Dr. Mumenthaler is a translational scientist with a strong track record of multi-disciplinary research on the role of the tumor microenvironment in drug response/resistance and cancer progression. She is developing more physiologically-relevant model systems that capture the microenvironmental context of a tumor and coupling these preclinical models with microscopy-based imaging pipelines to provide deeper insights into the evolving tumor.
Scott Fraser, Ph.D., is an American biophysicist and Provost Professor of Biological Sciences and Biomedical Engineering at the University of Southern California. He is also the Elizabeth Garrett Chair in Convergent Bioscience and Director of Science Initiatives, where he is helping to launch USC’s Initiative in Convergent Bioscience. In addition, he holds joint appointments in the Departments of Physiology and Biophysics, Stem Cell Biology and Regenerative Medicine, Pediatrics, Radiology, and Ophthalmology.
Dr. Fraser and his colleagues are known for their development of light and magnetic resonance imaging (MRI) microscopy techniques for imaging the dynamics of embryonic development. More recently his research team has taken these imaging techniques into disease models and clinical medicine, in areas ranging from eye disease to cancer. Dr. Fraser has published more than 200 peer-reviewed scientific papers. He has received 63 U.S. patents for inventions in biological imaging, chemistry, and nanotechnology.
Heinz-Josef Lenz, M.D., FACP, is Professor of Medicine and Preventive Medicine, holds J Terrence Lanni Chair for Cancer Research and is the Associate Director for Clinical Sciences at the USC Norris Comprehensive Cancer Center at the USC Keck School of Medicine. He is the head of GI Oncology in the Division of Medical Oncology and Co-Director of the Colorectal Center at the Keck School of Medicine of the University of Southern California.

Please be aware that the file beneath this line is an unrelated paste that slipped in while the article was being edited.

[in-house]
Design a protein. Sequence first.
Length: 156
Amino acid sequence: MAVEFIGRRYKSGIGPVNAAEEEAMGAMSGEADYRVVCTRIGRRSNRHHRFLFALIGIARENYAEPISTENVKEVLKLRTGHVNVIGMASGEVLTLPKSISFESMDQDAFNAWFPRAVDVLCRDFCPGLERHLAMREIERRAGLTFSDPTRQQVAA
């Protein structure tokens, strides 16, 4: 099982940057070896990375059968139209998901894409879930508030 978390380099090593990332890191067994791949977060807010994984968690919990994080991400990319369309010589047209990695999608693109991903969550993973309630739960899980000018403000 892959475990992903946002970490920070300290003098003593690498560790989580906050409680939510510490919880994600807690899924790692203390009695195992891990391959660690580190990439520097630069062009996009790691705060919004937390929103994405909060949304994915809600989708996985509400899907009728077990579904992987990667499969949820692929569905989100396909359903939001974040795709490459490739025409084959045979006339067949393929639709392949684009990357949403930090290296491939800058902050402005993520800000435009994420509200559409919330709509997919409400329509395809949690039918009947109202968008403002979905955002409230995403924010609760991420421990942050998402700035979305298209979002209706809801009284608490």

An active researcher, Dr. Lenz focuses on identification of predictive and prognostic biomarker and is an expert on early drug development. Dr. Lenz serves as Chair of the Translational Medicine of the SWOG GI Committee. He is a member of the NCI Task Force for Gastroesophageal Cancer and the NCI Translational Science Committee. He is a member of the NCI Investigational Drug Steering Committee. He has published over 430 peer reviewed papers.
Dan Ruderman, Ph.D., is an Assistant Professor of Research Medicine at the Keck School of Medicine of USC and the Director of Analytics and Machine Learning at the Lawrence J. Ellison Institute for Transformative Medicine. He received his doctorate in theoretical physics from the University of California at Berkeley, followed by postdoctoral research at Cambridge University, USC, and the Salk Institute. He then continued his scientific research in the industrial setting, first in solid tumor target discovery through integrative genomics at Berlex Biosciences, and then in proteomic biomarker discovery at Applied Minds. Dr. Ruderman was Founding Scientist at Applied Proteomics, a biomarker company spun out from Applied Minds in 2007. He joined the Ellison Institute in 2011 where his research focuses on signaling dynamics in cancer cells and systems biology interpretations of high-dimensional cancer assays, such as gene expression, proteomics, and autoantibodies.